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Set of tefillin buried for safekeeping and recovered postwar

Object | Accession Number: 2004.333.1 a-b

Pair of tefillin buried for safekeeping by Marcus and Josef Zamojre while living in hiding in Taglio-di-Po, Italy. The tefillin, which had belonged to Marcus, were recovered by Josef after the war. Tefillin are small boxes containing prayers worn by Orthodox Jewish males during morning prayers. In December 1940, Josef and Marcus fled from Frankfurt in Nazi Germany, to Graz on the Austrian-Yugoslav border. After several failed attempts to cross the border, they reached Zagreb in March 1941. In April, Germany invaded Yugoslavia and, in July, Josef and Marcus escaped to Italian occupied Ljubljana. In September 1943, Germany occupied northern Italy and Josef and Marcus went into hiding. In March 1944, they were discovered and deported by the Germans to Auschwitz-Birkenau death camp. In October, Josef was sent to Auschwitz-Monowitz. In January 1945, Josef escaped a death march and hid in a barn owned by Polish farmers. After the war, he learned that Marcus died in Auschwitz in October 1944. Josef emigrated to the United States in 1947 and married Gisela Eckstein in 1952. Gisela, also from Germany, was a survivor of Theresienstadt ghetto-labor camp, Auschwitz-Birkenau, and Maerzdorf slave labor camp.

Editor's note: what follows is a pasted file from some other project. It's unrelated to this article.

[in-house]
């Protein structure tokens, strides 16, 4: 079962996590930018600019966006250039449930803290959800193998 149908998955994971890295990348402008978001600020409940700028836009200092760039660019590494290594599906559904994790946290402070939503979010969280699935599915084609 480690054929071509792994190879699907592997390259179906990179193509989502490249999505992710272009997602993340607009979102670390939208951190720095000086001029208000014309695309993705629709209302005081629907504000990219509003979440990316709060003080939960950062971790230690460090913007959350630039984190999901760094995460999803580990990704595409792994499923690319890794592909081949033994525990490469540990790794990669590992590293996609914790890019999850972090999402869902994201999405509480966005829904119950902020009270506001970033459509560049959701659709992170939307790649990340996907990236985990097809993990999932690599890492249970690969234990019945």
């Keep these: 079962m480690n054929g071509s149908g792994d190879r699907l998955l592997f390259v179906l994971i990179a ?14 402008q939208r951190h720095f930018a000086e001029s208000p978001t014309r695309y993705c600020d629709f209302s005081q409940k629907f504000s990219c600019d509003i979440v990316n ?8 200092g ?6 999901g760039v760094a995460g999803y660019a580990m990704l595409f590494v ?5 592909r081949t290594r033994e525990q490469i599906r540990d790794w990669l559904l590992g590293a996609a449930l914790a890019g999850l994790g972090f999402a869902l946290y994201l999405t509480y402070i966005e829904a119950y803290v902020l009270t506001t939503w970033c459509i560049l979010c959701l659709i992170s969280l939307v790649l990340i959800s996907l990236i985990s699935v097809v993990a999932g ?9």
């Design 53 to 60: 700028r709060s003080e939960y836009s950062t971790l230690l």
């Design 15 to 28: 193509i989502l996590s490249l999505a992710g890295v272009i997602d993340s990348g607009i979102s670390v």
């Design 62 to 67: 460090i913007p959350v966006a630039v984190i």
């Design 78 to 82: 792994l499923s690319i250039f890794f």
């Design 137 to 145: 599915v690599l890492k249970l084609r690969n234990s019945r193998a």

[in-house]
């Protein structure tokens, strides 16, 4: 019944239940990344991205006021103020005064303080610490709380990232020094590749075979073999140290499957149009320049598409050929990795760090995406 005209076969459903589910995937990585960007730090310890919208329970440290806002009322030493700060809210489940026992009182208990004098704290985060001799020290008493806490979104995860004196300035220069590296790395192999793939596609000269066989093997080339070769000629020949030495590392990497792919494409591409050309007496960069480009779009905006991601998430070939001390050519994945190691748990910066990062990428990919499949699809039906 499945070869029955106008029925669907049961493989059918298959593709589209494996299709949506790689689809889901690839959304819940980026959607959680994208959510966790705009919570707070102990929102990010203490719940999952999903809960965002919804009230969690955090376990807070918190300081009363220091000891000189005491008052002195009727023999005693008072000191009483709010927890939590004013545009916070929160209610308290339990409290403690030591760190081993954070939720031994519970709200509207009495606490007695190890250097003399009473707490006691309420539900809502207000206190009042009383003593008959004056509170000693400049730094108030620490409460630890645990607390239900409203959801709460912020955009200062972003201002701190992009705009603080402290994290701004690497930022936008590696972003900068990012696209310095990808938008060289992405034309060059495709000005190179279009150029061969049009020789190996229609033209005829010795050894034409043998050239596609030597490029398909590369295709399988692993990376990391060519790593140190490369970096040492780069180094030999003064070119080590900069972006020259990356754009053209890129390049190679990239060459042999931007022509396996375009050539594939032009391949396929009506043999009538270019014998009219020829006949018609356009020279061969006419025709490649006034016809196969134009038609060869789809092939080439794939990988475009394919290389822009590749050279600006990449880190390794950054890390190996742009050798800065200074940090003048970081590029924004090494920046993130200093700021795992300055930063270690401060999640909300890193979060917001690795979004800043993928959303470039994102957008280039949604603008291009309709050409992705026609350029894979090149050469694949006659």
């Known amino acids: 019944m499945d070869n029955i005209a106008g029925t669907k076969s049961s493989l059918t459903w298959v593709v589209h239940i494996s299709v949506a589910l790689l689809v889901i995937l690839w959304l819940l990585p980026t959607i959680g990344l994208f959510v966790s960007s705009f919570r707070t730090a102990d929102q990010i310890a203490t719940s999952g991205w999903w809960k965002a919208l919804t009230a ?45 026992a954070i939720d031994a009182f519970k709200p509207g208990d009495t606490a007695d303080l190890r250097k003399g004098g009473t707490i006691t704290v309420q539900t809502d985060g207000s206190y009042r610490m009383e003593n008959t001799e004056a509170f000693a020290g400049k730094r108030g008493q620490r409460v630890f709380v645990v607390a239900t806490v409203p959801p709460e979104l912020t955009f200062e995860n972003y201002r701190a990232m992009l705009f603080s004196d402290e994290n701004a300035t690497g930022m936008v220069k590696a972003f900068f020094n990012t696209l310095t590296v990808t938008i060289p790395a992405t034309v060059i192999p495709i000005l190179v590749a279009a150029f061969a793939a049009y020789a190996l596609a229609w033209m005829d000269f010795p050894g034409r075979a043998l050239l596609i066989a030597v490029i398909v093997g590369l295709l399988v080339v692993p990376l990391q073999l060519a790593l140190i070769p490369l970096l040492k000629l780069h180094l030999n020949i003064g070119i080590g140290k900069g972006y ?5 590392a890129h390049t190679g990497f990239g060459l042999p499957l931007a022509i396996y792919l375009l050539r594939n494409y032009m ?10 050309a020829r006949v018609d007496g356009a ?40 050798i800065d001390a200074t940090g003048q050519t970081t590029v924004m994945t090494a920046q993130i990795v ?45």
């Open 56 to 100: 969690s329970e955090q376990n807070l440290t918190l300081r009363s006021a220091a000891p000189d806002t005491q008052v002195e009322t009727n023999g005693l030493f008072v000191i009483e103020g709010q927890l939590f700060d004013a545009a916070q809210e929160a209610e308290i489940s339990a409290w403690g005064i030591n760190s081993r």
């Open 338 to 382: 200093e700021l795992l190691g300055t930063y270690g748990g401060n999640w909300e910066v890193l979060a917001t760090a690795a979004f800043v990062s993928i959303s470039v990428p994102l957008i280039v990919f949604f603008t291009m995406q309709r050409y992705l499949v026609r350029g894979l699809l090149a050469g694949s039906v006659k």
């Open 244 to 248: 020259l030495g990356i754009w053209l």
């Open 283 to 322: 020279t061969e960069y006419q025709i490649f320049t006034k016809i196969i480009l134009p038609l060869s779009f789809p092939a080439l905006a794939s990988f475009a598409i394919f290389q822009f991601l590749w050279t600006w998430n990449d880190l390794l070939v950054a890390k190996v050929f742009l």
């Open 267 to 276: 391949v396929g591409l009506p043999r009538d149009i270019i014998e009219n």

recovered:  approximately 1945 May
recovery: buried for safekeeping; Taglio di Po (Italy)
Jewish Art and Symbolism
Object Type
Tefillin (lcsh)
Credit Line
United States Holocaust Memorial Museum Collection, Gift of Gisela E. Zamora
Record last modified: 2022-08-23 10:18:29
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